This happens when you are reading God’s word or listening to a sermon or having a discussion about what the Bible says. You are discussing what the Bible says about being a husband and loving your wife, then God’s Word points out that you are not loving your wife as much as you think you are. Pride makes us think we are more committed than we really are, more spiritual than we really are. God’s truth penetrates that pride so we can actually work on who we really are. God’s Word not only tells you that you are more than a conqueror in Christ, but it also points out the limitations and weaknesses in your life that you must deal with.
Look at how Peter responds to Jesus gracious but blunt truth in verse 31, “No!” Peter declared emphatically. “Even if I have to die with you, I will never deny you!” I believe that Peter was convinced of this. However, he was blinded by his own pride and overconfidence. Before the night was over, he would become an example of Proverbs 16:18 which says, “Pride goes before destruction, and haughtiness before a fall” (NLT).
The Greek language indicates this was something Peter said repeatedly with gestures and body language to drive home his point. In this case, to be emphatic about something is to use your body, face, tone and volume of voice to force your point.
Here again, we see Peter’s self-confidence blinding him to his own weaknesses and to what Jesus is saying. He felt he was too loyal and too strong to deny Jesus. Yet the Bible says Jeremiah 17:9, “The heart is deceitful above all things, and desperately sick” (ESV). Because of this you are never in greater danger of falling than when you are confident in your ability to stand. Listen carefully to 1 Corinthians 10:12, “If you think you are standing strong, be careful not to fall” (NLT).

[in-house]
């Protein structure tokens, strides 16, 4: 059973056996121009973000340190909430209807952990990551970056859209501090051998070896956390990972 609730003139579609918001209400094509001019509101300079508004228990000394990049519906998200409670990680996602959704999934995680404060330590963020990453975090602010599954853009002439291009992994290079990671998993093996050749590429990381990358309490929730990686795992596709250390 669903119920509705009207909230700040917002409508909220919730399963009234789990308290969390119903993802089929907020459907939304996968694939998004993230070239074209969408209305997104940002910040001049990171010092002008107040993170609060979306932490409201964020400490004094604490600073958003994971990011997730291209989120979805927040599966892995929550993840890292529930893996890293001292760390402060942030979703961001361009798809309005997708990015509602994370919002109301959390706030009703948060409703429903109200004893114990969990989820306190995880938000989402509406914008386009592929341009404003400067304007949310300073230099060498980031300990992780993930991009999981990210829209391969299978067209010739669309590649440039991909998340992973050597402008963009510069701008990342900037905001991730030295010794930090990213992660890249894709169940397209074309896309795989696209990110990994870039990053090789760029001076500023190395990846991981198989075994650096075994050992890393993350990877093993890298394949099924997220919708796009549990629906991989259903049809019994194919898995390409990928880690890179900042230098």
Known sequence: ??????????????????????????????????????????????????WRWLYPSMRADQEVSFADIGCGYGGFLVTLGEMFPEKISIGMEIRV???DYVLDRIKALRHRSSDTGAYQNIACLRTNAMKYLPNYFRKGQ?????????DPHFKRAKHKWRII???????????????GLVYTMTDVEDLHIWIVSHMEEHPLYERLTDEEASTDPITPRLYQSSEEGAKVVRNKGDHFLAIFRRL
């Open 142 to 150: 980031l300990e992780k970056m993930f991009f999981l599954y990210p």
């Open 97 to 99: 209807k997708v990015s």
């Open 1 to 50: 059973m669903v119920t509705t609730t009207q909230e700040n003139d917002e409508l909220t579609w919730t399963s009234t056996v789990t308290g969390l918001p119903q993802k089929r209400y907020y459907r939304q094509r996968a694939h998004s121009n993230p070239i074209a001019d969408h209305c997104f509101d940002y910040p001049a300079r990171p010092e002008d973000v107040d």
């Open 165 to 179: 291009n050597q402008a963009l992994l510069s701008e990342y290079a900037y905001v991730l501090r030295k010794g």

So, what do we have so far? Jesus lovingly knows you. Jesus knows where your weakness is, and your limitations and He knows there will be times in your life that your weakness and limitation will be no match for the trial you will go through. Due to your weakness, you will stumble. Jesus still loves you.
Jesus will also graciously speak to you about your weaknesses. He will confront you on it. He will address it, but also give you hope. This takes us to number three.
Jesus victoriously leads you
Number three, Jesus victoriously leads you. Look at verse 28 closely where God’s Word says, But after I am raised from the dead, I will go ahead of you to Galilee and meet you there.” The Lord’s victorious leadership is seen in three ways.
Jesus leads us to hope
When Jesus said, But after I am raised from the dead, He was reminding them that He was giving His life for them, and that death would not conquer Him. He would go into death and conquer it from the inside out.
I am about to say something that is going to sound funny, but I don’t know how else to say it. Once I say it then I will explain it. God’s Word is full of BIG BUTS. When it comes to the Bible, I like big buts and I cannot lie (I couldn’t stop myself). One of those big buts in the Bible is right here. Jesus says, BUT after I am raised from the dead. On one side Jesus is dead, but on the other side Jesus is alive. On one side there is desertion, but on the other side there is reconciliation. I once was lost, but now I am found. I once was blind, but now I see.